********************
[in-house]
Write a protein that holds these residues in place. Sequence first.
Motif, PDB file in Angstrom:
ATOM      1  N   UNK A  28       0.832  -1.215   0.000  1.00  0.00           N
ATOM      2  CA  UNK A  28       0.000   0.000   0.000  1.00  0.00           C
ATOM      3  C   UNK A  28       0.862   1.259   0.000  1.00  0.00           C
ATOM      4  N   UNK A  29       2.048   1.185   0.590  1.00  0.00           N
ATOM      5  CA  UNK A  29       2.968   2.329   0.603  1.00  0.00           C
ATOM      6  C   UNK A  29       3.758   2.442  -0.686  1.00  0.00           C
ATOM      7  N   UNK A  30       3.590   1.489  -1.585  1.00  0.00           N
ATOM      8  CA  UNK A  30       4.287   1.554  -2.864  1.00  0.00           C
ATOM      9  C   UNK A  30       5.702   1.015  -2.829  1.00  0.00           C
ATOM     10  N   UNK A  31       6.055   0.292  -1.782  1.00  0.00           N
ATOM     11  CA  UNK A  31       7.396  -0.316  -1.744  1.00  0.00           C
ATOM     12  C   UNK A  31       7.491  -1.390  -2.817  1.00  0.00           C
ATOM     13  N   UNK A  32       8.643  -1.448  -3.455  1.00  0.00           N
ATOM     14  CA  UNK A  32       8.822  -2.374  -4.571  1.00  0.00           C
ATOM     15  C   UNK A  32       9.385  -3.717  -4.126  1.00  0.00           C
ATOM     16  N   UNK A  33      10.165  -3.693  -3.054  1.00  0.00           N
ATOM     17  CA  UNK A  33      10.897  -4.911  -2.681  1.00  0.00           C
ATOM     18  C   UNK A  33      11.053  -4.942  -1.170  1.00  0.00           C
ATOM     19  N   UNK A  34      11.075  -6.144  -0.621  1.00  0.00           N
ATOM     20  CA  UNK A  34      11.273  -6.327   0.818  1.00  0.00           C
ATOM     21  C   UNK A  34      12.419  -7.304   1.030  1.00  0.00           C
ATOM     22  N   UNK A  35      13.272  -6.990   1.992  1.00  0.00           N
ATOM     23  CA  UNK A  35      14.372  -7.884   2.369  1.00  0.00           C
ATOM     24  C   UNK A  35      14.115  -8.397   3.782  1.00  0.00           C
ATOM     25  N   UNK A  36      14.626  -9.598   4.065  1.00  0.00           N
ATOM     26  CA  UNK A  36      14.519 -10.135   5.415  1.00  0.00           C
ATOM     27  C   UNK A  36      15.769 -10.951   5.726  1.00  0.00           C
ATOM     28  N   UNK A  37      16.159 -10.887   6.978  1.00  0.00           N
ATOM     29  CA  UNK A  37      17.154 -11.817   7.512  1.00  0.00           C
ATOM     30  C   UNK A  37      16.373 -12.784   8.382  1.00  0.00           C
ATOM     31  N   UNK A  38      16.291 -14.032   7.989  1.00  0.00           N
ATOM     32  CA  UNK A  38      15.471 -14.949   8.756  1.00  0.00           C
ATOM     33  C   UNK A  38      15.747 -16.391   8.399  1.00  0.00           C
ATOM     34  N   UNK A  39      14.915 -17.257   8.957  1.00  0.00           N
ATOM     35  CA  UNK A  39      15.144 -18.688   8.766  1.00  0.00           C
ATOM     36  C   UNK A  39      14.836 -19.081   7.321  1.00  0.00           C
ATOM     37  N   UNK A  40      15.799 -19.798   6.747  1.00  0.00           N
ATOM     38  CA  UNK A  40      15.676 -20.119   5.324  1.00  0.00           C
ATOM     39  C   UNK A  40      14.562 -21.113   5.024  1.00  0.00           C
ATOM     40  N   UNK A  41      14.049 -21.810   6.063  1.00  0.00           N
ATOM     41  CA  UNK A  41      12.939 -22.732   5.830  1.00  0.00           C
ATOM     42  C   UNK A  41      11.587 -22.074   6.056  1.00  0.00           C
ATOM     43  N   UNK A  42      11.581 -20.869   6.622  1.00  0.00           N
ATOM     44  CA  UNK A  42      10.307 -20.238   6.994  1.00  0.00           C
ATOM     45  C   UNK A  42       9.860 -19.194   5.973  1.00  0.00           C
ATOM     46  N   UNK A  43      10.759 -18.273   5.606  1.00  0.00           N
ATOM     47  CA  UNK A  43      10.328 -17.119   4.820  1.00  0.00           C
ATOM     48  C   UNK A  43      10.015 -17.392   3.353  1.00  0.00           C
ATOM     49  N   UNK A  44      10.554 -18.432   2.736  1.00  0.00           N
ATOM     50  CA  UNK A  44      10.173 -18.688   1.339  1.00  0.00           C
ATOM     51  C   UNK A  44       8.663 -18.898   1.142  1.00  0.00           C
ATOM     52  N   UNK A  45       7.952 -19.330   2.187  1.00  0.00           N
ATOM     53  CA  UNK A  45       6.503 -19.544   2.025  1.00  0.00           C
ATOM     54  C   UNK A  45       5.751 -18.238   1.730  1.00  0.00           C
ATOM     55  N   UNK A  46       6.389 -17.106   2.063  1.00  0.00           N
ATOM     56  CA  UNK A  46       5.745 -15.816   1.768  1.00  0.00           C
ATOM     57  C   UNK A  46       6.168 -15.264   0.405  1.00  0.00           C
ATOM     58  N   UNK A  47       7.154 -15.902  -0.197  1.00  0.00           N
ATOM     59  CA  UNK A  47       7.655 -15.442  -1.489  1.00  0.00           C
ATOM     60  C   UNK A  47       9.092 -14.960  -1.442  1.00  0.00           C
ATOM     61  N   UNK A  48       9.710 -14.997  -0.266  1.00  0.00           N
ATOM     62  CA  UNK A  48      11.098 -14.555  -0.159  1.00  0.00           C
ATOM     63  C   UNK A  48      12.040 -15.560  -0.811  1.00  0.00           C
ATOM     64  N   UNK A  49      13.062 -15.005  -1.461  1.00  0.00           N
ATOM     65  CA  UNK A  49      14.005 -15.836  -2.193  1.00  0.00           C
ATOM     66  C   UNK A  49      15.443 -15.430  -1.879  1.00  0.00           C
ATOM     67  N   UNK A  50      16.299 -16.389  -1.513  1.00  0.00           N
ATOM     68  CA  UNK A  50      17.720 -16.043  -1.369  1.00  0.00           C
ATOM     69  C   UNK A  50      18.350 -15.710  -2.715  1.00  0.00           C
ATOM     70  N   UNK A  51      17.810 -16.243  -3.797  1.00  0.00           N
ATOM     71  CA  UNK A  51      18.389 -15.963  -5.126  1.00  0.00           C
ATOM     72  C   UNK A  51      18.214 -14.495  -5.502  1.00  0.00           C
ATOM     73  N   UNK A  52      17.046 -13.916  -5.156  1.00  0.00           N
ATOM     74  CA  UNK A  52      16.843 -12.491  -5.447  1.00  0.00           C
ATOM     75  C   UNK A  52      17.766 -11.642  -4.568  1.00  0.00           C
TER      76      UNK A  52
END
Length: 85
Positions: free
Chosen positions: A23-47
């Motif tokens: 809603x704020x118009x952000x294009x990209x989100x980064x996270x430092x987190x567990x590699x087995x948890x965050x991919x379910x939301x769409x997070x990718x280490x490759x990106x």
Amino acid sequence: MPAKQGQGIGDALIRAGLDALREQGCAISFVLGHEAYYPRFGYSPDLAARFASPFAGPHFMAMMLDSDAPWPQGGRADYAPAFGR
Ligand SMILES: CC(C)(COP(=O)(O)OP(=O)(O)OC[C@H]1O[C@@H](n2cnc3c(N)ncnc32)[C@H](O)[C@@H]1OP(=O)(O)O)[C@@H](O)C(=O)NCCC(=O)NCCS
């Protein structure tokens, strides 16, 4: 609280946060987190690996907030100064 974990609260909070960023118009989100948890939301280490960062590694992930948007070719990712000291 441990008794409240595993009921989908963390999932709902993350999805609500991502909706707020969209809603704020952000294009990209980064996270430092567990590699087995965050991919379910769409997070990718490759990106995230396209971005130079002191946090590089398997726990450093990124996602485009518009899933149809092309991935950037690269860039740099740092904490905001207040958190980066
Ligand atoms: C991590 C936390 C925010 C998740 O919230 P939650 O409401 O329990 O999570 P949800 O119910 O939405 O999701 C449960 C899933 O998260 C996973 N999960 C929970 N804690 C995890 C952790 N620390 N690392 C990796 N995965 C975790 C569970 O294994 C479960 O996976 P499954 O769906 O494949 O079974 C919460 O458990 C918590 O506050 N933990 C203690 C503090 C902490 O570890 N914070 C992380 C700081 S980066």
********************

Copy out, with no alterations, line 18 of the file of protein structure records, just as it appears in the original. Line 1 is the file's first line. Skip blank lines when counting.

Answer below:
ATOM     15  C   UNK A  32       9.385  -3.717  -4.126  1.00  0.00           C